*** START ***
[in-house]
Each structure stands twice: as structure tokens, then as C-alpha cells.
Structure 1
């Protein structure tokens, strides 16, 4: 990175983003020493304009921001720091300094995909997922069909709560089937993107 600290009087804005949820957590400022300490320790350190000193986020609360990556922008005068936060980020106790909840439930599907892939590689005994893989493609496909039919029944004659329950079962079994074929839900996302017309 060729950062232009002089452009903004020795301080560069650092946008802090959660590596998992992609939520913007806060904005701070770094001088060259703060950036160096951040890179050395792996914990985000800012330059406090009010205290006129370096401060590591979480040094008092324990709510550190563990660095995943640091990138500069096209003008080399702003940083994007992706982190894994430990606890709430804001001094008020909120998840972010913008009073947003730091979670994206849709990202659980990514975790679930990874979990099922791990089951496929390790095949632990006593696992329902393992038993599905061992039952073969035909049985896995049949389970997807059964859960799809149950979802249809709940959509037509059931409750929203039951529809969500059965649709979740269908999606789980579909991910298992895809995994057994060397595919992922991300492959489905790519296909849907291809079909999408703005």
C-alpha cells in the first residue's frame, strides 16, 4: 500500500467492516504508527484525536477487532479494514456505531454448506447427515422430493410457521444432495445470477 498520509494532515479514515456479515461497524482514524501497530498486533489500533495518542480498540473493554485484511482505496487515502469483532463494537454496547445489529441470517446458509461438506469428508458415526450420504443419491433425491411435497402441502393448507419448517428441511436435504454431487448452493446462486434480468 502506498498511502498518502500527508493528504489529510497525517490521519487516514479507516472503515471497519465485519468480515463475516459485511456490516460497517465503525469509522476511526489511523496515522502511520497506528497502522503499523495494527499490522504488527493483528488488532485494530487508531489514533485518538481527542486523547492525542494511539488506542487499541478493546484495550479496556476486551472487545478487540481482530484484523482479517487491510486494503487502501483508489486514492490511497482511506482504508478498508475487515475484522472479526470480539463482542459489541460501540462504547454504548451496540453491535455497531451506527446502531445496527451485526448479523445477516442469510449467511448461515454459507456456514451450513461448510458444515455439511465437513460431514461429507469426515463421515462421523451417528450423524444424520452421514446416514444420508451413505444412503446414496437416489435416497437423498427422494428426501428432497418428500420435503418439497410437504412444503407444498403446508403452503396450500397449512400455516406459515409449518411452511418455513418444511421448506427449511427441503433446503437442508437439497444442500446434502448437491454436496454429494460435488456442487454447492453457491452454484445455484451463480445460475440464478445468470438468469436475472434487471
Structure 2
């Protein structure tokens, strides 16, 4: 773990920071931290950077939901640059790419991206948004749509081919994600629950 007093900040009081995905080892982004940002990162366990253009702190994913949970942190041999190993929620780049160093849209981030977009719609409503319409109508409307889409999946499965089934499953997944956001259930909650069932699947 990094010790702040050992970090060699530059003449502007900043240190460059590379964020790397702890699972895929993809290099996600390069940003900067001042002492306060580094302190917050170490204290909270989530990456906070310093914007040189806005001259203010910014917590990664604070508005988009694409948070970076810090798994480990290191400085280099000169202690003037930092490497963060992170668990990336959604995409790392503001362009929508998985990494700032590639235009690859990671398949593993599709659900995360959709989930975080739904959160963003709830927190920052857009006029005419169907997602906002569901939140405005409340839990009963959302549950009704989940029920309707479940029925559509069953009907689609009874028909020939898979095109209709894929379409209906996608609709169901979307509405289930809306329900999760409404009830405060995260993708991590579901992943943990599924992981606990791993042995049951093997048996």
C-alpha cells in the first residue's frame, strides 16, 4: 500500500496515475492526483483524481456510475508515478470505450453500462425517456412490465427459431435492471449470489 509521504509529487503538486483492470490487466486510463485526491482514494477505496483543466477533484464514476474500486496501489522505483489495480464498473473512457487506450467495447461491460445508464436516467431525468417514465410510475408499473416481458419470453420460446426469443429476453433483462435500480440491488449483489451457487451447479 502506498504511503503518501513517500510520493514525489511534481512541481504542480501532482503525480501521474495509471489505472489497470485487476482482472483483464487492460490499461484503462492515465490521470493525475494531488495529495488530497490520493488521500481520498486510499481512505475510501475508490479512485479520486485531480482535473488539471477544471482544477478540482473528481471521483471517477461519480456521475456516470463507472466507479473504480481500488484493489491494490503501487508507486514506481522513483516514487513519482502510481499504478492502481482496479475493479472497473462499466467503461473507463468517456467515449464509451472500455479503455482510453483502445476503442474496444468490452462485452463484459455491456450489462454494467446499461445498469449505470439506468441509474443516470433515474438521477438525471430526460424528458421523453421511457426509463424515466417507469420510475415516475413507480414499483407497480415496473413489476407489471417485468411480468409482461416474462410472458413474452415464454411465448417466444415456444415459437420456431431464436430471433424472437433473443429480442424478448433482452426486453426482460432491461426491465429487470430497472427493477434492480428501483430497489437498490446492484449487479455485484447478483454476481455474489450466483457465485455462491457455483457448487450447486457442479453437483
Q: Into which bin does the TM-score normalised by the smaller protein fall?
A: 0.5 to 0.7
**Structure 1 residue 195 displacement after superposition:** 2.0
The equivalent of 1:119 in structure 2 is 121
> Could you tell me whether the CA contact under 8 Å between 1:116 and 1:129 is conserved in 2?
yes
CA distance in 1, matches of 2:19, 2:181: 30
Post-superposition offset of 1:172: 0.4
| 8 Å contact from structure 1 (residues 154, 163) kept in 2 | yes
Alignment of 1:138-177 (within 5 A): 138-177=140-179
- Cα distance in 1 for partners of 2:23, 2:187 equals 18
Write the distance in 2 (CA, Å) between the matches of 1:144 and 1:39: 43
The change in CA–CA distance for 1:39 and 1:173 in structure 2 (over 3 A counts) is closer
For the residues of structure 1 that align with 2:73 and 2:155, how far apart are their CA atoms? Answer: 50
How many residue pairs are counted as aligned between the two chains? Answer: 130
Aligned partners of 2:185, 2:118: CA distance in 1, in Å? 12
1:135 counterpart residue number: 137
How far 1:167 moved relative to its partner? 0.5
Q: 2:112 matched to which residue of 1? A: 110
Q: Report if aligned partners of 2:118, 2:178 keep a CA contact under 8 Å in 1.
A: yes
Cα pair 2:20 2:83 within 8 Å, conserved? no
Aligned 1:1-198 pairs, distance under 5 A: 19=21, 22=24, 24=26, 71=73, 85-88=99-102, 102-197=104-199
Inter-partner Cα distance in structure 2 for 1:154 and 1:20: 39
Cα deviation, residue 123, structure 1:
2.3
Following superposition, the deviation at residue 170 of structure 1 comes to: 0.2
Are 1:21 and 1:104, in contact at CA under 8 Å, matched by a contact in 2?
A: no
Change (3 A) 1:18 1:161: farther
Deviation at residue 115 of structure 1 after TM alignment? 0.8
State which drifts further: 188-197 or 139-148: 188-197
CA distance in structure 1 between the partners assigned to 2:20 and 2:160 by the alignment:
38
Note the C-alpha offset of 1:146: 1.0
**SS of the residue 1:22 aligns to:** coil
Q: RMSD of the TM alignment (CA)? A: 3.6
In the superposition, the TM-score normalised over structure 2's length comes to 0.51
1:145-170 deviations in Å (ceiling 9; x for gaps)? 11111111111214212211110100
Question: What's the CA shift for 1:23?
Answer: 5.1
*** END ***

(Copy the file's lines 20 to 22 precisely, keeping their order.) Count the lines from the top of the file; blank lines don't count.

Write the distance in 2 (CA, Å) between the matches of 1:144 and 1:39: 43
The change in CA–CA distance for 1:39 and 1:173 in structure 2 (over 3 A counts) is closer
For the residues of structure 1 that align with 2:73 and 2:155, how far apart are their CA atoms? Answer: 50